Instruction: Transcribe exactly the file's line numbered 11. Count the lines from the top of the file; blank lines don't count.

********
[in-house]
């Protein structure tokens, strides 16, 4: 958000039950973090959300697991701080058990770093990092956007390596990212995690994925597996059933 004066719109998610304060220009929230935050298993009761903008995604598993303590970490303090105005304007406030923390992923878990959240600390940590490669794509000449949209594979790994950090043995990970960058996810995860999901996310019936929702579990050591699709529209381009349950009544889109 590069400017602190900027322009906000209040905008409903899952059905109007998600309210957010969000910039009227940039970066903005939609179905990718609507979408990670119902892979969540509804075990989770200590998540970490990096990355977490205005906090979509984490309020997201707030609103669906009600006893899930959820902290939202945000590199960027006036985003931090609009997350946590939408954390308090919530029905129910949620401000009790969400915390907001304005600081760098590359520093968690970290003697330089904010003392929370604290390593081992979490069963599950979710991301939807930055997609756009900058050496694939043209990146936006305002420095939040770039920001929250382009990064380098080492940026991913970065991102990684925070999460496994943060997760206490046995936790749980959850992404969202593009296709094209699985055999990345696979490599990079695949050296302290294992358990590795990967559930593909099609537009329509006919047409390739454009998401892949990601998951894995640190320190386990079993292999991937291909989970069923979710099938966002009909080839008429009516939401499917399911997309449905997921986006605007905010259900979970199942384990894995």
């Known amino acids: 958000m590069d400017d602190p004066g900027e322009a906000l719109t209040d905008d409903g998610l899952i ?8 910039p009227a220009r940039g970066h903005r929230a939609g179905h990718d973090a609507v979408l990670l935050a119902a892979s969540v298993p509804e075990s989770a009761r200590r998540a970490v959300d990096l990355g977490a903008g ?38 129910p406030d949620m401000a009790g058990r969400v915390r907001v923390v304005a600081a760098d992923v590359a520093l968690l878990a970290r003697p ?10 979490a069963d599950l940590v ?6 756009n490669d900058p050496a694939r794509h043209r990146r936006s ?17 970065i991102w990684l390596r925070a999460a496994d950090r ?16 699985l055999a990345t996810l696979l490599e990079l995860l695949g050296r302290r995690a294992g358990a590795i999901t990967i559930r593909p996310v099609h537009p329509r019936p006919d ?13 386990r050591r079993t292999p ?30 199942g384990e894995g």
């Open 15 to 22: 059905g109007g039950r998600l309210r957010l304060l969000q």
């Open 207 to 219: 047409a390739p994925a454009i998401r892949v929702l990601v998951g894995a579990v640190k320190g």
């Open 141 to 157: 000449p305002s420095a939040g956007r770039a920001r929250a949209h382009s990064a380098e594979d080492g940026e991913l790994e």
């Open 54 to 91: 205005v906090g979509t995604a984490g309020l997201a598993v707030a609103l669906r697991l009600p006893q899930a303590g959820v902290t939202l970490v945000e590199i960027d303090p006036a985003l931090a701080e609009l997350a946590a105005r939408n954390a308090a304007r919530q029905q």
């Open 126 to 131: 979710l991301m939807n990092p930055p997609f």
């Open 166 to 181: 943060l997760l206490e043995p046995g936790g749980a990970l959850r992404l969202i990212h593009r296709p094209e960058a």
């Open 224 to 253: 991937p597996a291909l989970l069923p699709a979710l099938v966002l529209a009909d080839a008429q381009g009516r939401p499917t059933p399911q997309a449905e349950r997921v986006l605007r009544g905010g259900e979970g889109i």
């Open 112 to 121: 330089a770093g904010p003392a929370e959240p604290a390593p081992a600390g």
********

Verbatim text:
């Open 112 to 121: 330089a770093g904010p003392a929370e959240p604290a390593p081992a600390g």